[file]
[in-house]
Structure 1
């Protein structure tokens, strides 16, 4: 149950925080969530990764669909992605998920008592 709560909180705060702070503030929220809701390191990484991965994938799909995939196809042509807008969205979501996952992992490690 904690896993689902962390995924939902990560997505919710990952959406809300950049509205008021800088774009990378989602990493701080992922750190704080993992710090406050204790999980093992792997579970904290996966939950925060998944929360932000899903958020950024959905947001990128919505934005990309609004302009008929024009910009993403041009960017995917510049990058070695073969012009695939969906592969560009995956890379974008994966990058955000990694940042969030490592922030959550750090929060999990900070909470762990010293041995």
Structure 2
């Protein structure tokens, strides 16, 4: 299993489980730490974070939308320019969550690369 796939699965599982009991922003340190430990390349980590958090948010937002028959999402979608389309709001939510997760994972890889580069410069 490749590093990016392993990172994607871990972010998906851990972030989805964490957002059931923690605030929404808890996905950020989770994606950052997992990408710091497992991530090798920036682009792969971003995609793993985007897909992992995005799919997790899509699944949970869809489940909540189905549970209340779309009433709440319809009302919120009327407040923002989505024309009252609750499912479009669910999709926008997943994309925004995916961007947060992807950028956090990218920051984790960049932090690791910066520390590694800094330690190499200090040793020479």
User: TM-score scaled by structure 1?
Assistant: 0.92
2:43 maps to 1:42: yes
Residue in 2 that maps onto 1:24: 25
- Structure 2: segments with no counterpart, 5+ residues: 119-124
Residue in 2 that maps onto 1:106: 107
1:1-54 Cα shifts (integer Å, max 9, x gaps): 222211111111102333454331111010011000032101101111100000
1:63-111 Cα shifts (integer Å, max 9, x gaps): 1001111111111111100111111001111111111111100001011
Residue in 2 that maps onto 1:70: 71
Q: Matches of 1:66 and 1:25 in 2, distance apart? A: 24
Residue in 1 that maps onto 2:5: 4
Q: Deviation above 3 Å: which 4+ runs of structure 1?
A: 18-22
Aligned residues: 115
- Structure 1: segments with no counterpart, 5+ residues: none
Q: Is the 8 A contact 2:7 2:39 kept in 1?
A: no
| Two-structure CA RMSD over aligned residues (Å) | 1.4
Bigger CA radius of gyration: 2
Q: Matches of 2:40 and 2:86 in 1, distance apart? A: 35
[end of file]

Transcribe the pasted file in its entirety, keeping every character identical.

[in-house]
Structure 1
């Protein structure tokens, strides 16, 4: 149950925080969530990764669909992605998920008592 709560909180705060702070503030929220809701390191990484991965994938799909995939196809042509807008969205979501996952992992490690 904690896993689902962390995924939902990560997505919710990952959406809300950049509205008021800088774009990378989602990493701080992922750190704080993992710090406050204790999980093992792997579970904290996966939950925060998944929360932000899903958020950024959905947001990128919505934005990309609004302009008929024009910009993403041009960017995917510049990058070695073969012009695939969906592969560009995956890379974008994966990058955000990694940042969030490592922030959550750090929060999990900070909470762990010293041995």
Structure 2
């Protein structure tokens, strides 16, 4: 299993489980730490974070939308320019969550690369 796939699965599982009991922003340190430990390349980590958090948010937002028959999402979608389309709001939510997760994972890889580069410069 490749590093990016392993990172994607871990972010998906851990972030989805964490957002059931923690605030929404808890996905950020989770994606950052997992990408710091497992991530090798920036682009792969971003995609793993985007897909992992995005799919997790899509699944949970869809489940909540189905549970209340779309009433709440319809009302919120009327407040923002989505024309009252609750499912479009669910999709926008997943994309925004995916961007947060992807950028956090990218920051984790960049932090690791910066520390590694800094330690190499200090040793020479």
User: TM-score scaled by structure 1?
Assistant: 0.92
2:43 maps to 1:42: yes
Residue in 2 that maps onto 1:24: 25
- Structure 2: segments with no counterpart, 5+ residues: 119-124
Residue in 2 that maps onto 1:106: 107
1:1-54 Cα shifts (integer Å, max 9, x gaps): 222211111111102333454331111010011000032101101111100000
1:63-111 Cα shifts (integer Å, max 9, x gaps): 1001111111111111100111111001111111111111100001011
Residue in 2 that maps onto 1:70: 71
Q: Matches of 1:66 and 1:25 in 2, distance apart? A: 24
Residue in 1 that maps onto 2:5: 4
Q: Deviation above 3 Å: which 4+ runs of structure 1?
A: 18-22
Aligned residues: 115
- Structure 1: segments with no counterpart, 5+ residues: none
Q: Is the 8 A contact 2:7 2:39 kept in 1?
A: no
| Two-structure CA RMSD over aligned residues (Å) | 1.4
Bigger CA radius of gyration: 2
Q: Matches of 2:40 and 2:86 in 1, distance apart? A: 35